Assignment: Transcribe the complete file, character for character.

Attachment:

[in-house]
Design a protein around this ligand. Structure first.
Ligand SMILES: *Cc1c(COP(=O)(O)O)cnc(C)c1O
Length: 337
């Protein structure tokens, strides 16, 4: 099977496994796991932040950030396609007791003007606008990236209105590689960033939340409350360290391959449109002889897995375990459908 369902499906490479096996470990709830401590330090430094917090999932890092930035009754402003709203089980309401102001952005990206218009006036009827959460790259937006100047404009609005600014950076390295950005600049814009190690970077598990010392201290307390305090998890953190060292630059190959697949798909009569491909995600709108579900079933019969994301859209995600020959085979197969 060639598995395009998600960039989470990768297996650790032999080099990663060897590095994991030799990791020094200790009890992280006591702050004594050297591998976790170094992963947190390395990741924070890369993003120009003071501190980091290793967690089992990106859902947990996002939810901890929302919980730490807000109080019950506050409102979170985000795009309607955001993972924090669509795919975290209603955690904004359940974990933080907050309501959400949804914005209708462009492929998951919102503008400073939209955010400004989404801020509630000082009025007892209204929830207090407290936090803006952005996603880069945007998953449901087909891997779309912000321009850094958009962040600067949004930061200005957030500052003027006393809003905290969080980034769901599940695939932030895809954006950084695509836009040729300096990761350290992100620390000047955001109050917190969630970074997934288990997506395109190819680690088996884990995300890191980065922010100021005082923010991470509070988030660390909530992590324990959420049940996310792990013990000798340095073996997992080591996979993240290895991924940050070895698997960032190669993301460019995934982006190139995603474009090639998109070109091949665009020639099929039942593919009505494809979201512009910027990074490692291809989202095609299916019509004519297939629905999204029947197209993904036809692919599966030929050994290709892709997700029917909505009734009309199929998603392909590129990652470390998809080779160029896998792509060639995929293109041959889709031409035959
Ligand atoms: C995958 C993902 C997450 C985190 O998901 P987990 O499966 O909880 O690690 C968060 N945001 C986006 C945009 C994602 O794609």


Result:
[in-house]
Design a protein around this ligand. Structure first.
Ligand SMILES: *Cc1c(COP(=O)(O)O)cnc(C)c1O
Length: 337
């Protein structure tokens, strides 16, 4: 099977496994796991932040950030396609007791003007606008990236209105590689960033939340409350360290391959449109002889897995375990459908 369902499906490479096996470990709830401590330090430094917090999932890092930035009754402003709203089980309401102001952005990206218009006036009827959460790259937006100047404009609005600014950076390295950005600049814009190690970077598990010392201290307390305090998890953190060292630059190959697949798909009569491909995600709108579900079933019969994301859209995600020959085979197969 060639598995395009998600960039989470990768297996650790032999080099990663060897590095994991030799990791020094200790009890992280006591702050004594050297591998976790170094992963947190390395990741924070890369993003120009003071501190980091290793967690089992990106859902947990996002939810901890929302919980730490807000109080019950506050409102979170985000795009309607955001993972924090669509795919975290209603955690904004359940974990933080907050309501959400949804914005209708462009492929998951919102503008400073939209955010400004989404801020509630000082009025007892209204929830207090407290936090803006952005996603880069945007998953449901087909891997779309912000321009850094958009962040600067949004930061200005957030500052003027006393809003905290969080980034769901599940695939932030895809954006950084695509836009040729300096990761350290992100620390000047955001109050917190969630970074997934288990997506395109190819680690088996884990995300890191980065922010100021005082923010991470509070988030660390909530992590324990959420049940996310792990013990000798340095073996997992080591996979993240290895991924940050070895698997960032190669993301460019995934982006190139995603474009090639998109070109091949665009020639099929039942593919009505494809979201512009910027990074490692291809989202095609299916019509004519297939629905999204029947197209993904036809692919599966030929050994290709892709997700029917909505009734009309199929998603392909590129990652470390998809080779160029896998792509060639995929293109041959889709031409035959
Ligand atoms: C995958 C993902 C997450 C985190 O998901 P987990 O499966 O909880 O690690 C968060 N945001 C986006 C945009 C994602 O794609």